What is High Speed Internet Access?

May 12, 2009

in Internet

by David Hakala

It seems every form of Internet access is “high speed” or “broadband” these days. But you have to wonder exactly what “high speed” means and who really has it.

“High speed” and “broadband” are used interchangeably. “Broadband” refers to the range, or band, of signal frequencies on which an Internet signal operates. The broader the band is, the more data traffic it can carry. Think of an 8-lane highway versus a 2-lane residential street.

Of course, traffic may move faster on the 2-lane street during rush hour or when an accident snarls the highway. “High speed” refers to potential, not the actual speed you experience at any given moment.

Dial-up Internet access may be likened to a gravel country road. You are never going to go really fast. Dial-up is limited to only 56 Kbps, twice that if you combine two phone lines and modems. “High-speed dial-up” is an oxymoron.

Cell phone carriers are touting “high speed” and “broadband” Internet access these days. The official term for the fastest cellular access is “3G” for “third generation.” 3G theoretically supports up to 14.4 Mbps on the download side and up to 5.8 Mbps on uploads. Also in common use are GPRS (General Packet Radio Service) at 56 to 114 Kbps, and EDGE (Enhanced Data rates for GSM Evolution) at 400 Kbps to 1.0 Mbps.

EDGE is part of the official 3G standard but is usually referred to as “2.75G”. Be careful of carriers who tout “3G” service when they really mean EDGE. It’s obviously much slower than full 3G.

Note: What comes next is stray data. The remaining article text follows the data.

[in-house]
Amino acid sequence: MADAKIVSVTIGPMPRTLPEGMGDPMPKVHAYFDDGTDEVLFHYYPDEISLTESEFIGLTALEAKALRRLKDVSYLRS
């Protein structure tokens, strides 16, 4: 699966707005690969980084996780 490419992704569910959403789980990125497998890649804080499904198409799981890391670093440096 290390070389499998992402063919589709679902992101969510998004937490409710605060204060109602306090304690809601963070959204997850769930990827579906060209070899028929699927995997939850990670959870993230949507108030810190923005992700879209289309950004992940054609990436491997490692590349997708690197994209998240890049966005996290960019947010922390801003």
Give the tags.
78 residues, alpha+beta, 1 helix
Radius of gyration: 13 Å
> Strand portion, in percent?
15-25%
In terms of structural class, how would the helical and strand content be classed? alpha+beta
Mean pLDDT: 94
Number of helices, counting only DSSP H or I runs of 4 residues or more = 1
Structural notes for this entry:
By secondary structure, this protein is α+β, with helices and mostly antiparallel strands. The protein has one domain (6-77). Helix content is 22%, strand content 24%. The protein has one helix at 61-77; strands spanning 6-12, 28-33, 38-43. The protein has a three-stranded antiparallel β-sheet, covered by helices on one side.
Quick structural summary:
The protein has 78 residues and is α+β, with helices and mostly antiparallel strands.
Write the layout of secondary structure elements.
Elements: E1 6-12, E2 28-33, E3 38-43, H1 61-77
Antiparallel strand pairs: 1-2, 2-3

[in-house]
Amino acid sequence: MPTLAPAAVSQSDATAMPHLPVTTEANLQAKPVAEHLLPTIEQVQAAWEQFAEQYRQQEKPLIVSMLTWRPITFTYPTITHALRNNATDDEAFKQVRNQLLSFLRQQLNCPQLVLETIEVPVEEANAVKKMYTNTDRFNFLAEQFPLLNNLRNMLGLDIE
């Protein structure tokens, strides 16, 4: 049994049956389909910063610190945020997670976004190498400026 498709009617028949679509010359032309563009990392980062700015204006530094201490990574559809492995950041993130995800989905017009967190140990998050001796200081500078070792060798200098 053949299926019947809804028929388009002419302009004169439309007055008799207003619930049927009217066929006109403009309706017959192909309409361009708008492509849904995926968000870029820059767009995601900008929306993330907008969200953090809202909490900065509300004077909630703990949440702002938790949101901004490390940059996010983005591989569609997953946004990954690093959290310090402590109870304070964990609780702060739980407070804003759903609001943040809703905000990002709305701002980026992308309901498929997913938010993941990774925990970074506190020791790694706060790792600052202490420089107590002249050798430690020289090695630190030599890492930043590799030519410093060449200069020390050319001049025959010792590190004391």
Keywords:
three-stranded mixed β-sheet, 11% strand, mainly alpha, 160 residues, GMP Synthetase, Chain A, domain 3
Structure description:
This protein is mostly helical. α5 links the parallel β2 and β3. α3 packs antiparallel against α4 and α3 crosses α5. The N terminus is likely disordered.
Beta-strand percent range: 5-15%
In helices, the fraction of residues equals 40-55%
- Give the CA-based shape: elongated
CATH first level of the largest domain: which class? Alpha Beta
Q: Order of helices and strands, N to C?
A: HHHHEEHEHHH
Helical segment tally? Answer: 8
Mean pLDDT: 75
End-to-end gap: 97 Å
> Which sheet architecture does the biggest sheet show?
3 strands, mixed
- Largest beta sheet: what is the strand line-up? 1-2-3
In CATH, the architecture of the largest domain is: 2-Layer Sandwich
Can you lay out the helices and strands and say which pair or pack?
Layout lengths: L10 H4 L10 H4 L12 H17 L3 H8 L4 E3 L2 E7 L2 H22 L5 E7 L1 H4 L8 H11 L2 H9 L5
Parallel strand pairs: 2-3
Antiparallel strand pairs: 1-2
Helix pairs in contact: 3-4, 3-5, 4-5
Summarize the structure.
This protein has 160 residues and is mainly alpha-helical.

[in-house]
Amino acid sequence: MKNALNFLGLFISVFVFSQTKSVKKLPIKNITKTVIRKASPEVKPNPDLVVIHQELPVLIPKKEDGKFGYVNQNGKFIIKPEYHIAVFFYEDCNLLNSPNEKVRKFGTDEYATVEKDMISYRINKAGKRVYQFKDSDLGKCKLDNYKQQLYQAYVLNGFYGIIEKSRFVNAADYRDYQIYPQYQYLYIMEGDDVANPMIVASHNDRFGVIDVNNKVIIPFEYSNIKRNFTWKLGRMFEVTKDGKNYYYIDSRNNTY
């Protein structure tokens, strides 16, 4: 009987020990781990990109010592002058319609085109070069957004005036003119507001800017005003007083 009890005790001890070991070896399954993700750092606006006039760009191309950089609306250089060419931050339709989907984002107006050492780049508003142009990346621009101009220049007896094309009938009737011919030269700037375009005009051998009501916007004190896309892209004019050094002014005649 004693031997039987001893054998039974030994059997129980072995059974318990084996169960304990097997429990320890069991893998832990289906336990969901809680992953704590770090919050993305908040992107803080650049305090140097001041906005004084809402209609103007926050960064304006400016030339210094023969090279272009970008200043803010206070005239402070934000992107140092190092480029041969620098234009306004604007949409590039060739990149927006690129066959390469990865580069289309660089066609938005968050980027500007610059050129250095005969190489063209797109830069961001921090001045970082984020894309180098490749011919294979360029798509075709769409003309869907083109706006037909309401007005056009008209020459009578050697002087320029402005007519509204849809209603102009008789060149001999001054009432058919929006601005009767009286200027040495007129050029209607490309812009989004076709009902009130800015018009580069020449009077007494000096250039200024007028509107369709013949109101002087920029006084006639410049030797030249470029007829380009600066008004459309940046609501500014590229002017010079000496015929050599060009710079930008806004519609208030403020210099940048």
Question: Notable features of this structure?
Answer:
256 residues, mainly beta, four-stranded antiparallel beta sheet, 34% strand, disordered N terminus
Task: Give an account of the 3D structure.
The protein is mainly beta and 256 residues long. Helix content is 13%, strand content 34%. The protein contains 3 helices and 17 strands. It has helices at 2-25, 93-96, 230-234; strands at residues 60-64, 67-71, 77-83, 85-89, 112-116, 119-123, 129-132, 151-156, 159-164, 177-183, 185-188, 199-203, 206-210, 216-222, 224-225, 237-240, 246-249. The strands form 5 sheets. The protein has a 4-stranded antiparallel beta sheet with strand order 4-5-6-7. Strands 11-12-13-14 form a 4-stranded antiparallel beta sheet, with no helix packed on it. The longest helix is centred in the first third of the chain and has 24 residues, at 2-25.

GPRS is commonly used for SMS text messaging, email, and other things that don’t require moving lots of data. EDGE is preferred for Web browsing and viewing streaming videos. 3G is going to revolutionize everything, they say.

DSL (Digital Subscriber Line) service is offered by traditional wired telephone companies and their ISP resellers. Depending on the level of service you buy and the condition of the wire between you and the phone company, DSL download speeds can range from 256 Kbps up to 24 Mbps. The nicest thing about a DSL line is that you have it all to yourself. The speed is pretty stable because you don’t share the road with anyone else.

Cable TV Internet access can range up to 400 Mbps download and 20 Mbps upload. But those top speeds will cost you hundreds of dollars per month and are usually made available only to business customers. Residential customers get up to 100 Mbps download and about 384 Kbps upload. The reason for these speed limits is that a cable connection is shared among multiple customers. The more people using the connection, the slower everyone’s experienced speed.

“Broadband” and “high speed” are relative terms, ever changing in real life. But these definitions will give you some idea what to expect when you are shopping for high speed Internet access.

David Hakala has perpetrated technology tutorials since 1988 in addition to committing tech journalism, documentation, Web sites, marketing collateral, and profitable prose in general. His complete rap sheet can be seen at

{ 1 comment }

Yury 10.07.15 at 9:16 am

when I have called nuormeus times on a monthly basis .the att workers that have come have all told me that the problem is NOT with my house or my connection that the problem is in Georgia which is ATT main location in this area .but in a few days the problem continues im going today to comcast and seeing if they have internet without att and i dont care what i pay because right now im paying for no service because when i get home there is no service! its highly frustrating! when i need the service the most its not functioning. WHen I needed it to work because I have something to do for work its out!

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